Exploring the Bay of Islands

February 20, 2019

Kevin Johnson, C Watch, College of the Holy Cross

Performance from Nga Puhi singers and warriors for us audience members in their marae or community center.
02202019_Johnson

Performance from Nga Puhi singers and warriors for us audience members in their marae or community center.

Ship's Log

Current Position
35°15.922’S 174°06.752’E

Ship’s Heading & Speed
Anchored outside of Russell in the Bay of Islands

Weather
Thick layers of puffy stratocumulus cover the sky with stratus behind that cover the entirety of the sky. Precipitation is on and off. SWxS winds blow softly at a Beaufort force of 1. Seas are very calm in the bay with waves around 1’ or less.

Souls on Board

All blogs from S-284

Finally having a full day in port after a long week of learning the ropes (pun), the crew was ready to fill our one full day in the Bay of Islands with as much as we could before setting off on the long journey to Wellington. The day was to be separated into three main activities; a tour of the Waitangi Treaty Grounds, “research time,” and dinner back aboard the Robert C. Seamans with important guests that were friends of Professor Jeff Wescott.

We got things off early with an 0600 wake up for an early breakfast which was followed by clean up, the packing of lunches, and gathering of other supplies that may be needed in our longest trip apart from the boat since Auckland. Unfortunately, there was some light precipitation that would persist throughout that day, but this did not stop us from taking one boat into Russell, a ferry into the small town of Paihia, and a short walk up to the Waitangi Treaty Grounds. As we were waiting on one of our boats, we were lucky enough to see a couple of dolphins who swam around our boat before disappearing into the rainy bay.

Short backstory: the Treaty of Waitangi is the initial agreement between the British and Māori people, the indigenous peoples of New Zealand, which officially incorporated New Zealand into the British Empire over the likes of the French other western nations eager to gain sovereignty over the Pacific land. The Treaty immediately became controversial and remains to this day as it guaranteed Māori land rights along with other promises which were quickly broken in the following years. However, the Waitangi Treaty Grounds are today managed by the Nga Puhi tribe who give tours, retell history, and manage the land and traditions.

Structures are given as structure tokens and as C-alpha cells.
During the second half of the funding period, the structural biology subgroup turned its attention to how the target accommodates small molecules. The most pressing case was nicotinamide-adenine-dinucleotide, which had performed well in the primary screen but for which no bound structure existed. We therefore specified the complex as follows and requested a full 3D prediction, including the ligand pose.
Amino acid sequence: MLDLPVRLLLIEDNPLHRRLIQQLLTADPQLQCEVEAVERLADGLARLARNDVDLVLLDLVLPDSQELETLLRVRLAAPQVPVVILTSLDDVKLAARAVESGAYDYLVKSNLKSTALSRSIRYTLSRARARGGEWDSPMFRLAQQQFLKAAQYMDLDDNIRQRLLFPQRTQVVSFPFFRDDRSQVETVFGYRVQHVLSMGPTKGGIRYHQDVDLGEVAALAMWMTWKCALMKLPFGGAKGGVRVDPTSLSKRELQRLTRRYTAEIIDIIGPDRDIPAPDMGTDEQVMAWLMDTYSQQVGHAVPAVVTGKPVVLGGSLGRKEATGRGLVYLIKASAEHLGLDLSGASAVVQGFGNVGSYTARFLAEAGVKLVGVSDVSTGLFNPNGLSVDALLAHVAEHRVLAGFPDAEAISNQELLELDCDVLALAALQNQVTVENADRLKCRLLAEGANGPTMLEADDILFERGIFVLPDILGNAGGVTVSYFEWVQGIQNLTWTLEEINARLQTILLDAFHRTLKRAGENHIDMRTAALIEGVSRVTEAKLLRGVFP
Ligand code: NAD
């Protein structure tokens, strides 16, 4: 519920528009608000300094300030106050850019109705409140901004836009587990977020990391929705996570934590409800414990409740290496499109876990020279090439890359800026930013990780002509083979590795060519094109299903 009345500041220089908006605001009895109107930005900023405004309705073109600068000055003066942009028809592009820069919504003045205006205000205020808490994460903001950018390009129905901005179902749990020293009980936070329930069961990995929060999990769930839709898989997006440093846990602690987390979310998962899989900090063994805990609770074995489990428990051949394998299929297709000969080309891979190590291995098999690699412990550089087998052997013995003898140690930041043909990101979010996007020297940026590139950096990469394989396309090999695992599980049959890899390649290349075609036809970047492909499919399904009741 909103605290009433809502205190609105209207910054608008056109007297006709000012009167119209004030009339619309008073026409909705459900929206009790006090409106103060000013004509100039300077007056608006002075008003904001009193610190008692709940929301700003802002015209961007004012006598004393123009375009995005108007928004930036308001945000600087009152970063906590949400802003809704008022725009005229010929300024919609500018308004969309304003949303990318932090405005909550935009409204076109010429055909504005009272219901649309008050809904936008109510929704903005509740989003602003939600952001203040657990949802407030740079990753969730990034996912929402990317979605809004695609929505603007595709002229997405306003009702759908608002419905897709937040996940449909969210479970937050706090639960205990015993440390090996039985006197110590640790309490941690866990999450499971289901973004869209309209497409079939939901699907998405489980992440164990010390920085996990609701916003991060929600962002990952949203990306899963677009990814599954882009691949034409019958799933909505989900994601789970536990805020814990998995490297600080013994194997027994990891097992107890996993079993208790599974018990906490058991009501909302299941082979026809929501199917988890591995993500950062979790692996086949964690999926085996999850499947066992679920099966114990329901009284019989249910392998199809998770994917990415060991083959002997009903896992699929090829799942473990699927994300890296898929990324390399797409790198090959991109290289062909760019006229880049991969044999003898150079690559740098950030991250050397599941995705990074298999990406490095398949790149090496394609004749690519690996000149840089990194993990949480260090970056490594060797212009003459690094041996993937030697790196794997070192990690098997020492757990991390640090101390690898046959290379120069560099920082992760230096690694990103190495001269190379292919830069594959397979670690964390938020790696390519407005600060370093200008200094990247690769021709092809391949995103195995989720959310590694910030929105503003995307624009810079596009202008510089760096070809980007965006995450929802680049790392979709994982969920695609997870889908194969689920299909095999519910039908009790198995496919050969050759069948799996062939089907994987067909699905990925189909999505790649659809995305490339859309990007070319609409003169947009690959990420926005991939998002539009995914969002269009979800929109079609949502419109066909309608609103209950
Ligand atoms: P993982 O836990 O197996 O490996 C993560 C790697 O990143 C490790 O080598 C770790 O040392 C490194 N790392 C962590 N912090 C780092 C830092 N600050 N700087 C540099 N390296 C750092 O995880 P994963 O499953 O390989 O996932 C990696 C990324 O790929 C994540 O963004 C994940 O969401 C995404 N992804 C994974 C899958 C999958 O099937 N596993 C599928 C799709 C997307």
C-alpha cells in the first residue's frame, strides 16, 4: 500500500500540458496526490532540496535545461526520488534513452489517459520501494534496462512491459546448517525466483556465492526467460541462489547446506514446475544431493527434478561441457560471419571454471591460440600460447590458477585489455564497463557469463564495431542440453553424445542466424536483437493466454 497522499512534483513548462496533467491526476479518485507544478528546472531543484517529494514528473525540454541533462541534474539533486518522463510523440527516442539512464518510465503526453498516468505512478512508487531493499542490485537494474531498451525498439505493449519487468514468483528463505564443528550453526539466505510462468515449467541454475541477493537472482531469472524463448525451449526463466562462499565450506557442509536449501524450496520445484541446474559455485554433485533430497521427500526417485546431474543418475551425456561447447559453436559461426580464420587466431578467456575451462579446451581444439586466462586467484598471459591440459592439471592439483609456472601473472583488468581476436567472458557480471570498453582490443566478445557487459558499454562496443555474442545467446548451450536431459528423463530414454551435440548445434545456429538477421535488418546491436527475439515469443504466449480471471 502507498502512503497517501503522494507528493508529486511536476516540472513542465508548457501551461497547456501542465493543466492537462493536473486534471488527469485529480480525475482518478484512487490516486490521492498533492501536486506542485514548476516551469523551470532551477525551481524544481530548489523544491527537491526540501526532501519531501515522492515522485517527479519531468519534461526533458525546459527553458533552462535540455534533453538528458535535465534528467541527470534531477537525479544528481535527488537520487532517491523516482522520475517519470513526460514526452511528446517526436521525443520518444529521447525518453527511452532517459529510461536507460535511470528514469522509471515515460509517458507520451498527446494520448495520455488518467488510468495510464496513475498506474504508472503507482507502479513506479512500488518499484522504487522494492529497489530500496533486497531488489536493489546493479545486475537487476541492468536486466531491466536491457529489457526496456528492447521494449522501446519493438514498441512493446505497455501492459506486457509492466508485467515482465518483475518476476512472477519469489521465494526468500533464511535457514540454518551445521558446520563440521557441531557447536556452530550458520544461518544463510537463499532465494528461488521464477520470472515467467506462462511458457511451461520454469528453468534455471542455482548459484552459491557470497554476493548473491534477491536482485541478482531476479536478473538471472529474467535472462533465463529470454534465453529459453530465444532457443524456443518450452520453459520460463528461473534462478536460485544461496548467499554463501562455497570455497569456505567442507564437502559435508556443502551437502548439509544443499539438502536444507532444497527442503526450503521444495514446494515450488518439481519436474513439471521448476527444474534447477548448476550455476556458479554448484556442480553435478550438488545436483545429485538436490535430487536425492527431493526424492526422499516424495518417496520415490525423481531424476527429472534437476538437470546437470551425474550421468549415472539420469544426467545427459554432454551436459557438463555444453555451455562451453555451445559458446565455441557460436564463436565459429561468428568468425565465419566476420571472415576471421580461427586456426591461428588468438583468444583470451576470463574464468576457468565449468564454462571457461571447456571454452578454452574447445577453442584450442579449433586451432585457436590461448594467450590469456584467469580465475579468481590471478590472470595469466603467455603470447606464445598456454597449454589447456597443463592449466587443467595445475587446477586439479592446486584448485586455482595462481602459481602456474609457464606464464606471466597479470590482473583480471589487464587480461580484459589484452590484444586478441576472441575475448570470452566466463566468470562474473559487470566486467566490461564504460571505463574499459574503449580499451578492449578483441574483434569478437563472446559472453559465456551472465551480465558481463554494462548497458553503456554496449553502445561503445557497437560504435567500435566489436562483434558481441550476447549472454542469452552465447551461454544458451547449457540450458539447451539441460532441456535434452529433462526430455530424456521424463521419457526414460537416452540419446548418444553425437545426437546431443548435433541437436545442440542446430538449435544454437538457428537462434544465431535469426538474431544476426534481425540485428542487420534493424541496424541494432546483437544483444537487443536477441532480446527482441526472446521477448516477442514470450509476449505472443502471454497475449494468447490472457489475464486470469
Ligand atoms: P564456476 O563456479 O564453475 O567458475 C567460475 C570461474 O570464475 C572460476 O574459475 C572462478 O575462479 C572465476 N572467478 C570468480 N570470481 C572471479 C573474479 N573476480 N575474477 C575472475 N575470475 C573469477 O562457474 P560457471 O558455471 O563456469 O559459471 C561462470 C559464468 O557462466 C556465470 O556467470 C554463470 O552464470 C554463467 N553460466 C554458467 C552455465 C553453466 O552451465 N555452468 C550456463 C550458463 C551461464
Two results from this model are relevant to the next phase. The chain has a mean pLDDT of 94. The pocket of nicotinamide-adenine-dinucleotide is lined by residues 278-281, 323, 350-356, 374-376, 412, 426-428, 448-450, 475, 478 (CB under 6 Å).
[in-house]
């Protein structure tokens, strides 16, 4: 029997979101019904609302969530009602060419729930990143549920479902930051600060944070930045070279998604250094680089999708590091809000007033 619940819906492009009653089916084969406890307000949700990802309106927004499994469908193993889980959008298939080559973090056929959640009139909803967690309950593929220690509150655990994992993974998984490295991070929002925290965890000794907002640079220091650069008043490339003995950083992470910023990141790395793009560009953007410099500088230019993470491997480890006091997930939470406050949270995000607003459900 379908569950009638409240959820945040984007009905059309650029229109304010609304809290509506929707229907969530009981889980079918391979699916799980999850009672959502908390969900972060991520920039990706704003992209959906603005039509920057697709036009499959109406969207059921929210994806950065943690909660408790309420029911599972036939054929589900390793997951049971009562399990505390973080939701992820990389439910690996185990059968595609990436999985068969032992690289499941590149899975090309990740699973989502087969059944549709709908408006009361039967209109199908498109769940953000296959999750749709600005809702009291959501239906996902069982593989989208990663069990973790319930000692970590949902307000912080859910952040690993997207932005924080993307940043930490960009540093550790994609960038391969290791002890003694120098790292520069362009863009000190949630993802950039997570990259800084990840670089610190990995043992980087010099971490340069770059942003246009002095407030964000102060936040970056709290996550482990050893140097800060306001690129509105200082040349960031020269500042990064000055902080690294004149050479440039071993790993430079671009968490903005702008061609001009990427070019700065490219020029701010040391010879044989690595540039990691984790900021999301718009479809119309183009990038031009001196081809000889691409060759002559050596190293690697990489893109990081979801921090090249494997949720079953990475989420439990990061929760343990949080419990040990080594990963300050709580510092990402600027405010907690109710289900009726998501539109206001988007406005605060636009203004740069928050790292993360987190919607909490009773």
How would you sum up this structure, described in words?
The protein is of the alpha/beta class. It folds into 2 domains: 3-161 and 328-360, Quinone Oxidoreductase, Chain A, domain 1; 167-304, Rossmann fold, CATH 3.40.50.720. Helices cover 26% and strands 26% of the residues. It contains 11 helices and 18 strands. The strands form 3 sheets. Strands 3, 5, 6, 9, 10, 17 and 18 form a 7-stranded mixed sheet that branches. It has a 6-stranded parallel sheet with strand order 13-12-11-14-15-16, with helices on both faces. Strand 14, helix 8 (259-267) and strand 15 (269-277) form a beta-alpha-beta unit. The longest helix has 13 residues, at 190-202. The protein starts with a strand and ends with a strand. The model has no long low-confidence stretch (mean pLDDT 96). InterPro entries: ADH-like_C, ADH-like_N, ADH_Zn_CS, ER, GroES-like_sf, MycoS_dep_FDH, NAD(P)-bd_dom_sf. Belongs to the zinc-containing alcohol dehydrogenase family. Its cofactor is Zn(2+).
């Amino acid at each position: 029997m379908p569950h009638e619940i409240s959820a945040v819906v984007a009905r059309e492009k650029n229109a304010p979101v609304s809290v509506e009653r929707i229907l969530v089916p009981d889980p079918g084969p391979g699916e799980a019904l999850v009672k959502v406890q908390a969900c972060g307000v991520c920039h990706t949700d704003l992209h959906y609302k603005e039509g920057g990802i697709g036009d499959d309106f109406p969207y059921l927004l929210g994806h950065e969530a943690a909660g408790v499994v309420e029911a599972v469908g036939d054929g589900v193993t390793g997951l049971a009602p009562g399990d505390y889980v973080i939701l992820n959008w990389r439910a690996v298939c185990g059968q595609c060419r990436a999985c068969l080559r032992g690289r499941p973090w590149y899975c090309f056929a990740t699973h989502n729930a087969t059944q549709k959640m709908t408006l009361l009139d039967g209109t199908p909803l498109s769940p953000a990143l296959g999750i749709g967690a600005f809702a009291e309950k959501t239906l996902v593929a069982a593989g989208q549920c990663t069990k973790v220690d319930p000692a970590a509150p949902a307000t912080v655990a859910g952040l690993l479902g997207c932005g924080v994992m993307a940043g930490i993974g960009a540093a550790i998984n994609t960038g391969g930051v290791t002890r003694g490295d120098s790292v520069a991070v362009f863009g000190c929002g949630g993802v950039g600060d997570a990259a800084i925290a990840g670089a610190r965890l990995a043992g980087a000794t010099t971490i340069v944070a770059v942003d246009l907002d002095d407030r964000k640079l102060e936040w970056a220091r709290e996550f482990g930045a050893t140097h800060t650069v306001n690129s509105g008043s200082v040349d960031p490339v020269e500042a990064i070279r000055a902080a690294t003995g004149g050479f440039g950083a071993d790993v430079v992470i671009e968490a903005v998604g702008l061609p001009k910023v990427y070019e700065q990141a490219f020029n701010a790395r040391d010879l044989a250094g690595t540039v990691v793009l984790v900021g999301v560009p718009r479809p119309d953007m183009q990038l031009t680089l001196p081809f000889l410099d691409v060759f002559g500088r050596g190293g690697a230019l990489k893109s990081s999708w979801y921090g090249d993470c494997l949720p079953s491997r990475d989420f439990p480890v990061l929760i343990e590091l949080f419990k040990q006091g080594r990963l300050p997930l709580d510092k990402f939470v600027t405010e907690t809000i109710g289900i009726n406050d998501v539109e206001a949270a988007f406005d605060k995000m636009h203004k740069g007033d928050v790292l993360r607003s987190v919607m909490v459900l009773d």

Rehu, a Nga Puhi woman, was our tour guide and she walked us through the importance of genealogy in Māori culture, the history of the lands of Waitangi, and the effects of the Treaty. We also were shown the great waka taua (war canoe) named Ngatokimatawhaorua, which is the world’s largest at 35m long and 6 tons when dry. We then were given a performance by Nga Puhi performers who sang us a number beautiful songs and then demonstrated uses of important Māori objects such as the mere, a hand to hand combat weapon, the poi, a ball attached to a string used in song to make rhythmic beats, and the taiaha, which is a spear with a club on the end traditionally used as an army weapon and in martial arts. Each of the elements of this tour gave us a lot to think about as we continue in our anthropological projects.

After the tour, I was lucky enough to sit down with a Māori chef as my project is on traditional Māori food preparations. The chef, Caleb, walked me and Jeff through his knowledge of cooking with the hangi which is the traditional Māori earth oven. He then treated both me and Jeff to free meals prepared that day from the hangi. He gave us a delicious plate of slow roasted chicken and pork with vegetables and it reminded me that researching food is always a great idea.

I then rejoined my classmates on a trip to Long Beach in Russell as part of our “research time”. We swam in the popular beach for a while before heading back into town where the dairy-free members of our group got sorbet while the rest got ice cream. We then took a trip back to the Seamans ending our time on shore.

Back on ship, our stewards Natalie and Sophie made homemade pizza for us and our guests. Jeff invited some friends aboard the ship who were well versed in everything from anthropology to oceanography. I talked with Tracey, a Māori woman who shared with me experiences from her childhood about the importance of food in her family life to help my research project. After thanking our guests, we took time to decompress after a busy day, ready to get back into the routine of life at sea. We thanked everyone in and around the area of Russell who took time to talk with us today. But now, we are ready for Wellington.

To Mom and Dad, I’m very excited to be here and everyday has been incredible. To Meghan, I’m looking forward to hiking mountains with you rather than hiking up and down the deck. And to Kahla, I’ll see you soon.

- Kevin Johnson, C Watch, College of the Holy Cross

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